WU LIN is a casualty of China's losing battle against drugs. Mr.
Wu is in the Kunming Forced Detoxification Center, nestled in the
hills just outside the Yunnan provincial capital of Kunming, for
his second attempt to kick the drug habit. His first try a year ago
lasted only a few months.
"My family is paying for me this time," says the truck driver
and heroin addict, who looks older than his 28 years. "I'm afraid I
might start again when I get out."
Perched on China's southern border just across from the lush
mountain poppy fields of Burma, also known as Myanmar, Yunnan
Province is China's front line in the increasing drug abuse and
violent narcotics trafficking spreading across China.
Antidrug police here claim they have made headway against the
drug flow from Burma through China to the United States and Europe
by passing new laws and tougher penalties. They're also bolstering
enforcement to more than 2,000 police officials, cooperating more
closely with other countries, and stepping up compulsory drug
In May, China agreed with five Southeast Asian countries to
launch a $10 million joint-action plan to coordinate narcotics
enforcement and control chemicals used in drug production. The
program operates under the United Nations, which provided $3
million to Yunnan for its antinarcotics fight.
Growing all over
Officials claim heroin and opium hauls fell 19 percent and 45
percent respectively from 1993 to last year, virtually curbing drug
movement through Yunnan. The 39,000 registered drug addicts in the
province represent a one-third drop from 1990 levels. Police also
insist that narcotics plants are not grown here, although they
admit to having a crop-substitution program. Marijuana can be seen
growing in many rural areas.
"The drugs transiting in our province are decreasing," says Chen
Cunyi, the province's drug-enforcement chief.
But other officials in Yunnan and Beijing admit the drug crisis
is worsening: Trafficking thrives under the eye of corrupt local
officials, almost 90 percent of patients in police-run treatment
centers relapse, and drug-related crime approaches epidemic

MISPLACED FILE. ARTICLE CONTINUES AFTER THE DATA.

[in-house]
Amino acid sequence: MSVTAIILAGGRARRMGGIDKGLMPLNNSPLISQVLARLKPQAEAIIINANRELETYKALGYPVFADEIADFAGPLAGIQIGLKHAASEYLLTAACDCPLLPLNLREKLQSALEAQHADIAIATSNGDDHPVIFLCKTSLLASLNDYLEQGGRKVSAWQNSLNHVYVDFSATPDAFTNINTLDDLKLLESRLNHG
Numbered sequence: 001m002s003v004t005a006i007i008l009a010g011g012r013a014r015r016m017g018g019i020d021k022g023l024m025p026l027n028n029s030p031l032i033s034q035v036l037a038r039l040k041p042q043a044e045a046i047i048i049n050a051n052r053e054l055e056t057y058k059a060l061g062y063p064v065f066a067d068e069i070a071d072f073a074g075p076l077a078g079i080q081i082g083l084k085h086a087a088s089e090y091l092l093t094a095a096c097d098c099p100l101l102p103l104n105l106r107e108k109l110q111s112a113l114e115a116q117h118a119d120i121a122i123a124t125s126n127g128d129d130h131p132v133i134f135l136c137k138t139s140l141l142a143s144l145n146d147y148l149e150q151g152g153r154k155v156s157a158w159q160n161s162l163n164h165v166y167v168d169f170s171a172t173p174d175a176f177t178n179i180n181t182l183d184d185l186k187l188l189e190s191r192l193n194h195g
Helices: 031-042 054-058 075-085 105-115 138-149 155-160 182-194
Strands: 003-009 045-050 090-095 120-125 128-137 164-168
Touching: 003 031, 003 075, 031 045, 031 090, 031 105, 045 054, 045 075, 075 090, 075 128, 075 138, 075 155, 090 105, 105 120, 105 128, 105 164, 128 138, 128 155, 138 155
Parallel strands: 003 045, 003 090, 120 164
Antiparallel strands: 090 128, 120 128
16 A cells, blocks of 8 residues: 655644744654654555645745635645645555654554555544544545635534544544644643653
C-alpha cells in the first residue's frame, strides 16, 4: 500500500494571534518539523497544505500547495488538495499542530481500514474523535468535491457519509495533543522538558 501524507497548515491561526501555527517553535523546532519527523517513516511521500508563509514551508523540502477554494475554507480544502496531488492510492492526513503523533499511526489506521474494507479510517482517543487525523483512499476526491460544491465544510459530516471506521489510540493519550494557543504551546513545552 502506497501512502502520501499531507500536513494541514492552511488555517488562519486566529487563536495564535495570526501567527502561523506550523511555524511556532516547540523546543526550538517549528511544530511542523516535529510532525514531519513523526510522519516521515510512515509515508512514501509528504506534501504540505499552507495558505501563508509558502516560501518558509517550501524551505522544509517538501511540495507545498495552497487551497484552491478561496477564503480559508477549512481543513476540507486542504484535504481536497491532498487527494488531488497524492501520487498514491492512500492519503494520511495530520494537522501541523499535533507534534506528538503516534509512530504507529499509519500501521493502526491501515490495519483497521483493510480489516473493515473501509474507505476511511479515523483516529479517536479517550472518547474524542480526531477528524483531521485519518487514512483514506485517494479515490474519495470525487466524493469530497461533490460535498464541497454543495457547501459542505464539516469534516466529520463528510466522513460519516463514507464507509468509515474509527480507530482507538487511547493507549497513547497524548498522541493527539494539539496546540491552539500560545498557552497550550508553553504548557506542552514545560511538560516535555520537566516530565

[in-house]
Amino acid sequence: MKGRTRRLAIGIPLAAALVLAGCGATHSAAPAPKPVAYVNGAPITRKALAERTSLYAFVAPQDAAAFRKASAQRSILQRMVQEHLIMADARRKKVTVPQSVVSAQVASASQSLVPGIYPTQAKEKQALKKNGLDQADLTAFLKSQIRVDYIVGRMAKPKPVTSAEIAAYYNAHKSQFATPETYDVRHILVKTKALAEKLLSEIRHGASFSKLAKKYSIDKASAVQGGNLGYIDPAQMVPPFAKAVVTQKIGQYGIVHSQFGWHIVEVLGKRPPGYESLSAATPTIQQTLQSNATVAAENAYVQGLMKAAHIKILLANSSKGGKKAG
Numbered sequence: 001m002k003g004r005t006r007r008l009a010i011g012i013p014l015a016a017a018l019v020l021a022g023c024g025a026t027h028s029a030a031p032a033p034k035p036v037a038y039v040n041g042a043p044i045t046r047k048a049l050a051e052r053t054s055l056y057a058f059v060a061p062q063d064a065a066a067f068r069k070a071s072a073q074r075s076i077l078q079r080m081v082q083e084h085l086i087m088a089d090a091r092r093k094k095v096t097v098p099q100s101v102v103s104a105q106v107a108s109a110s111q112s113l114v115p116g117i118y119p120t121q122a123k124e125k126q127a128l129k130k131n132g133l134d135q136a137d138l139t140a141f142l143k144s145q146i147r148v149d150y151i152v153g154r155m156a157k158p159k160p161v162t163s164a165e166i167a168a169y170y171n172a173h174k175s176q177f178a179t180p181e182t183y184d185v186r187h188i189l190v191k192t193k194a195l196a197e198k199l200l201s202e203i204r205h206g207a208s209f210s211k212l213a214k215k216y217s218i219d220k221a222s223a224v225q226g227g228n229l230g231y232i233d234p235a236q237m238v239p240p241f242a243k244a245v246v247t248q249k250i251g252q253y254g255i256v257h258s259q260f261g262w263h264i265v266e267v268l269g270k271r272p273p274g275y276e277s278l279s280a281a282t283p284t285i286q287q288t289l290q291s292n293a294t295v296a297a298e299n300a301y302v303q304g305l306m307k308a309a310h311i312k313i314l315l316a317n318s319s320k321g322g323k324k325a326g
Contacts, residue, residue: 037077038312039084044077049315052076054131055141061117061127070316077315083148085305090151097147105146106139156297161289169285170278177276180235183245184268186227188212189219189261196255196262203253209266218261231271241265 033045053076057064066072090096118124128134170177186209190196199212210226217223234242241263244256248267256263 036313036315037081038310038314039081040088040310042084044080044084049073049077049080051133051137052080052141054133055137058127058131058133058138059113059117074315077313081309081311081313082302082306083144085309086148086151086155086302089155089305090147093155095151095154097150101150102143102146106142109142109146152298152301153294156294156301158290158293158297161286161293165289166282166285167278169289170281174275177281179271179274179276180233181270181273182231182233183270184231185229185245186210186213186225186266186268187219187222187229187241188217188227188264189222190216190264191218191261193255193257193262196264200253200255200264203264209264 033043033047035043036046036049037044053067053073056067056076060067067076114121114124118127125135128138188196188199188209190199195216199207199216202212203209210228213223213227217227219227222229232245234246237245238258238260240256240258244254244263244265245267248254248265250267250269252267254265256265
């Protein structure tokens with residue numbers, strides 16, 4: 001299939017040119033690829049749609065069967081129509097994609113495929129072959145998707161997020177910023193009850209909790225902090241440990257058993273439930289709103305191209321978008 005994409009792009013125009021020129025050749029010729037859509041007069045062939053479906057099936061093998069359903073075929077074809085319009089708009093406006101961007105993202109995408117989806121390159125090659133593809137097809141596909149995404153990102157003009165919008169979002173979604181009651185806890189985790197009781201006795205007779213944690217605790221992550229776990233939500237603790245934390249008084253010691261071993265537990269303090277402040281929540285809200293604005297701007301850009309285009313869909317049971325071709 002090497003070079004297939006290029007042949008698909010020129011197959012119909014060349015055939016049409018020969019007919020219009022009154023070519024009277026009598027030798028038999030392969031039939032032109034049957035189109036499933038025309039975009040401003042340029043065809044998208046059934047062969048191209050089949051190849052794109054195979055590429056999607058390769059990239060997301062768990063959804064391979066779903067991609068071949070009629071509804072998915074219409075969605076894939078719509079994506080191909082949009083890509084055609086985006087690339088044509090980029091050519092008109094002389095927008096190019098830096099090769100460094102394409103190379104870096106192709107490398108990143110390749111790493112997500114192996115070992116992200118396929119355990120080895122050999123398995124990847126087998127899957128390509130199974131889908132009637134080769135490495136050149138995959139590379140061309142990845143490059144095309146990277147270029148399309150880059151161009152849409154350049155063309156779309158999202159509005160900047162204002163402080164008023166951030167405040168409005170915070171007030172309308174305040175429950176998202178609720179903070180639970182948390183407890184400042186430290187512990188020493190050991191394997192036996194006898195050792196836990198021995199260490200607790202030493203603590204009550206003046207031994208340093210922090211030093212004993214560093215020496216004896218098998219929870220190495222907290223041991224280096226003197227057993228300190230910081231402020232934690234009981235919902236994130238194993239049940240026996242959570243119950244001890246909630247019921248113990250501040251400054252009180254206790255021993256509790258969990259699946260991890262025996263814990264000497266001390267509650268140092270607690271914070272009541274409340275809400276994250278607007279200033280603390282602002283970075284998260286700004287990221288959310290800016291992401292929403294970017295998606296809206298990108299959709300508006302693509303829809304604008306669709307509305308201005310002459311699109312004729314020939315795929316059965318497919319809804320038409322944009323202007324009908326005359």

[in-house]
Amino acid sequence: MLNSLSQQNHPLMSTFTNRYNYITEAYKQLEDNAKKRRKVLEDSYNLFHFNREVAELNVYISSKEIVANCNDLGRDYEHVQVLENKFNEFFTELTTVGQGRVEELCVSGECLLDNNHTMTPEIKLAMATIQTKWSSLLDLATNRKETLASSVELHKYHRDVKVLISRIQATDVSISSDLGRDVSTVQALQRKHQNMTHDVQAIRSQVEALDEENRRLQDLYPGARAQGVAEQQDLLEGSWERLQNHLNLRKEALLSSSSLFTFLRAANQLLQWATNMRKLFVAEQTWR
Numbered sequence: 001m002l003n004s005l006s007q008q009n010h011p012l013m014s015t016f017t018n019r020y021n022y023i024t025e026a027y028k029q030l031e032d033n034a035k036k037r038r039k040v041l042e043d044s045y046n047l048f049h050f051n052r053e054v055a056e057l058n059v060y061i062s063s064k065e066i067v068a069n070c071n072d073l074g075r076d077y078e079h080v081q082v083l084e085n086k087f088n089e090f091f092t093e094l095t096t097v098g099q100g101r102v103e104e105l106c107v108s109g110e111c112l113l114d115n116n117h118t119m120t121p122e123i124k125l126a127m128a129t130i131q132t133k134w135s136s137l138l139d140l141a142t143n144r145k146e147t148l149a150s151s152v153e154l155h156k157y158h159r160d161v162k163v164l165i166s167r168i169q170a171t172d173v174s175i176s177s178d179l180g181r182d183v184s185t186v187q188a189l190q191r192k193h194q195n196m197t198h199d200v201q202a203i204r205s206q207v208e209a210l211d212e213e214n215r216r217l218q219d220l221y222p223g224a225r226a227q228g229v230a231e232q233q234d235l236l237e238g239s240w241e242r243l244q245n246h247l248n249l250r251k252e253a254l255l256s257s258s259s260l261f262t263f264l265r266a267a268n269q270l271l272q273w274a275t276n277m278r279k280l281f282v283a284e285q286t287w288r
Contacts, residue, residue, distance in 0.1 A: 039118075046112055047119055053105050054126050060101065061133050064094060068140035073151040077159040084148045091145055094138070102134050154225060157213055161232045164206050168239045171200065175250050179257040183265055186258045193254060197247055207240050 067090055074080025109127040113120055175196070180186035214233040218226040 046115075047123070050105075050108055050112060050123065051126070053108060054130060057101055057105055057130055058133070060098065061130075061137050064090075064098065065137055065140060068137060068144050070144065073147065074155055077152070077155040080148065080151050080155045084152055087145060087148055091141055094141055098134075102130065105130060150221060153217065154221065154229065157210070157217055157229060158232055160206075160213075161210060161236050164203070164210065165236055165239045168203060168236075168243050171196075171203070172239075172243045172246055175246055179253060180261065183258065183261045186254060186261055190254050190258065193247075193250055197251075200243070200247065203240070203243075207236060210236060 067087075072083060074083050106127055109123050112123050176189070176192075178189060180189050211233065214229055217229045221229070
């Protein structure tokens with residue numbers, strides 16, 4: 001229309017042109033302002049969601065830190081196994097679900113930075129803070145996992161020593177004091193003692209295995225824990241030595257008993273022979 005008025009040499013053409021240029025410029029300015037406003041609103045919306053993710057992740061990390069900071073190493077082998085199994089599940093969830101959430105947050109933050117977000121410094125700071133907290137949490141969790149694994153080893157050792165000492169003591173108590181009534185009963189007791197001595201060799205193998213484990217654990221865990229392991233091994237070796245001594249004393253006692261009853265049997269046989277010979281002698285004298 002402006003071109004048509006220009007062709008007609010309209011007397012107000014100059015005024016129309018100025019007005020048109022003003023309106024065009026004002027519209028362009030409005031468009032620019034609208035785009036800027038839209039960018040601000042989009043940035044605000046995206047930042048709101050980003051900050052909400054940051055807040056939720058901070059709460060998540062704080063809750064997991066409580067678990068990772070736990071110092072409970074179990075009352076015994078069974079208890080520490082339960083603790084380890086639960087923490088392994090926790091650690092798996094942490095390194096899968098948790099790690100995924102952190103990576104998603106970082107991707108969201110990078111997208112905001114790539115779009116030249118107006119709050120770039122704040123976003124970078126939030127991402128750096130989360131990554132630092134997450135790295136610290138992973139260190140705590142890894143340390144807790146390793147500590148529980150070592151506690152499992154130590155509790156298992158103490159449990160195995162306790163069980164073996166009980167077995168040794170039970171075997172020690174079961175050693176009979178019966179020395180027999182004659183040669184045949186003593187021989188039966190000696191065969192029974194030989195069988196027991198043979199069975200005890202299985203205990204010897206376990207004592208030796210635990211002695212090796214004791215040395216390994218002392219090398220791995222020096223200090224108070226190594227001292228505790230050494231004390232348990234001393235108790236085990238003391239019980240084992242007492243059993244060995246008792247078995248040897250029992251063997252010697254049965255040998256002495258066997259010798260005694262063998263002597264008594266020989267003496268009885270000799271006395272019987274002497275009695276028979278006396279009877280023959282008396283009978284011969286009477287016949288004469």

proportions throughout China.
In May, Public Security Minister Tao Siju admitted that Yunnan
is a haven for international drug rings and that the quantities of
seized narcotics was actually growing. He told a meeting of senior
leaders that "urgent efforts are needed to crush the country's
increasing drug crimes," reported the official China Daily.
China needs to "organize a battle of the whole society against
drugs," says Jiang Pusheng, a police official who heads the Yunnan
Narcotics Control Commission. "We have reduced the number of new
users in our province and made great progress in the
narcotics-control field. But the fact is the source of drugs is
outside our country. So the problem is still very serious."
"Drugs are the major cause of rising crime in China," says a
Western diplomat familiar with China's drug-enforcement efforts.
"Every province now has a detoxification center, showing how widely
the drug problem has spread."
Along with addiction, a dangerous offshoot, acquired immune
deficiency syndrome or AIDS is also on the rise in China. With
intravenous drug use spreading beyond Burmese border communities to
coastal and other inland provinces, Chinese health officers admit
that the number of AIDS-infection cases, officially estimated at
1,500, is probably closer to 10,000.
Stunned by the resurgence of the drug problem that thrived under
imperial and nationalist governments but was virtually wiped out
after the Communist victory in 1949, Chinese authorities maintain a
rigid approach to dealing with such complicated social issues. For
decades, Communist officials pointed to the eradication of opium as
well as other prerevolutionary vices such as prostitution and
gambling as evidence of the superior morality of socialism. …